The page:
5
$\begingroup$

Assuming that we have a universe with four spatial dimensions plus time, within which atoms exist that can form solids, liquids, gases and plasmas, the compounds that can be formed having physical properties equivalent to those in our 3D universe, such as mass, friction, elasticity, hardness, strength and suchlike.

Within this universe, within a portion of it with solid, liquid and gaseous matter that has a 'down' direction with solid matter below, there exists terrestrial 4D sentient beings who have conceived a desire to modify their environment and to build tools and machines to make their lives easier.

What physical tools and machines are possible in 4D space?

In particular:

Are there any machines that exist in 3D that are not possible in 4D, and are there any machines possible in 4D with functionality that cannot be duplicated or approximated in 3D? Examples addressing equivalents (or lack thereof) to common 3D machines would be appreciated.

Are there any online or offline resources that discuss and provide examples of mechanical systems in 4 spatial dimensions beyond the properties of simple 4D shapes?

$\endgroup$
  • $\begingroup$ Are you sure you wouldn't prefer 5 dimensions over 4? Odd numbers are better. (Maybe it doesn't matter so much for mechanics, but you might want something like electric motors...) $\endgroup$ – JDługosz May 10 '16 at 8:56
  • $\begingroup$ Asking multiple questions in one is not recommended as it makes it hard to answer with a concise and focused reply. Additionally it becomes much harder to rate answers as to whether one is better than another as the "best" answer to each part of your question may be held in different answers. See tips on how to fix the problem. $\endgroup$ – Tim B May 11 '16 at 12:29
  • $\begingroup$ @TimB, Thanks. I suspected that I was getting a bit wordy. How's my edit? $\endgroup$ – Monty Wild May 11 '16 at 23:00
  • $\begingroup$ Yeah, looks much better :) $\endgroup$ – Tim B May 12 '16 at 8:16
3
$\begingroup$

For one thing, spiral galaxies and planar solar systems would not exist because the principle by which the sum of all particle vectors average into a flat plane only works in 3 dimensional space (according to mathematicians) Intensities would depreciate over distance at a greater rate. Mass would be more concentrated as atoms pull together in 4 dimensions. Physics would be fundamentally different. Generally, this universe would be way more different than you probably realize or can even conceive.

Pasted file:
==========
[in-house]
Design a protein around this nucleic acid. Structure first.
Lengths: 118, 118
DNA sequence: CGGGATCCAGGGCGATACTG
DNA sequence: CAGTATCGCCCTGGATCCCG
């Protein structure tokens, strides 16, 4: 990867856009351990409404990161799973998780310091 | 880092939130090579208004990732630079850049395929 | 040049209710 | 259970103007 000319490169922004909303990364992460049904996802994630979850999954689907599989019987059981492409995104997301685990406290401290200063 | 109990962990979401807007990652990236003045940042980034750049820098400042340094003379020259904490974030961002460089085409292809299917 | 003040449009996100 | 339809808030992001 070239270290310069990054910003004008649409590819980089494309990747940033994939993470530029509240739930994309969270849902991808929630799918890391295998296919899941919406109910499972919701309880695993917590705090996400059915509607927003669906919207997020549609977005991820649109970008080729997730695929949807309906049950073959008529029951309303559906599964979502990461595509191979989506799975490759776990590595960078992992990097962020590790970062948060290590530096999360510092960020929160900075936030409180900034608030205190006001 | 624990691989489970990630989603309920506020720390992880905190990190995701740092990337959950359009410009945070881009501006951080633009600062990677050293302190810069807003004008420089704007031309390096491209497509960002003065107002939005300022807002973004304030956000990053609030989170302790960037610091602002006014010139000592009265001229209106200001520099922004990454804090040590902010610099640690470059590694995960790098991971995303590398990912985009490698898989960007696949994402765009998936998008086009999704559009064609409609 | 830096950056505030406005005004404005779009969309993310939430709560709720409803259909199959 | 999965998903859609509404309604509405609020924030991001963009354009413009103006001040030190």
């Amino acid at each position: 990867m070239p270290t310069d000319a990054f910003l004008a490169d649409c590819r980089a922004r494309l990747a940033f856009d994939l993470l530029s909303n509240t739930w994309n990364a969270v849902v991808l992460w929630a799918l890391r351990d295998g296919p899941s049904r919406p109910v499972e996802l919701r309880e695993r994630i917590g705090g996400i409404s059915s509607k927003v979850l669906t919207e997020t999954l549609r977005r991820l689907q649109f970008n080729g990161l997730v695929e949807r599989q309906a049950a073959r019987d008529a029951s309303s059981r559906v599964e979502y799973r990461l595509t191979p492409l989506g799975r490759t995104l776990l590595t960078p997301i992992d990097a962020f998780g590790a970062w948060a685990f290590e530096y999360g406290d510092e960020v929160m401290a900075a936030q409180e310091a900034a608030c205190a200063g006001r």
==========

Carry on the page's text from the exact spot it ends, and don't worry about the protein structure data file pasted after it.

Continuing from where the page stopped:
Any 3D machine would work, provided that you supply a physical barrier to constrain it to 3 dimensions.

Computers would be immensely more powerful and compact because the transistors can be packed into more dimensions while still having air flow and having an unobstructed path to the motherboard. (currently we are approaching the limit of how powerful a PC can be whilst using 2 dimensional IC layouts)

$\endgroup$
  • 1
    $\begingroup$ If you follow the first link, you'll notice that the universe I talk about is largely solid, and has no galaxies or solar systems - it is intended to be (at least conceptually) procedurally generated. In this universe, mass is not attracted to mass, it is repelled by vacuum. Are you sure that an electric motor would work? I'm not sure if electromagnetism is possible in 4D. $\endgroup$ – Monty Wild May 10 '16 at 5:09
  • 3
    $\begingroup$ I'm not sure either. But if we are inventing rules like "matter is repelled by vacuum", then we may as well also invent rules like "electromagnetism works in the following way...." $\endgroup$ – Lorry Laurence mcLarry May 10 '16 at 5:15
0
$\begingroup$

Reduction drives could be more flexible in 4 spatial dimensions than in our 3D. Also, parts rotating about two orthogonal planes independently certainly would have applications in mechanics.

Discussion about fields (analogous to the EM field in our space-time) requires more specificity about “4 spatial dimensions + time” setting – is it pseudo-Euclidean along the lines of familiar Relativity, or ?

$\endgroup$

Your Answer

By clicking “Post Your Answer”, you agree to our terms of service, privacy policy and cookie policy

Not the answer you're looking for? Browse other questions tagged or ask your own question.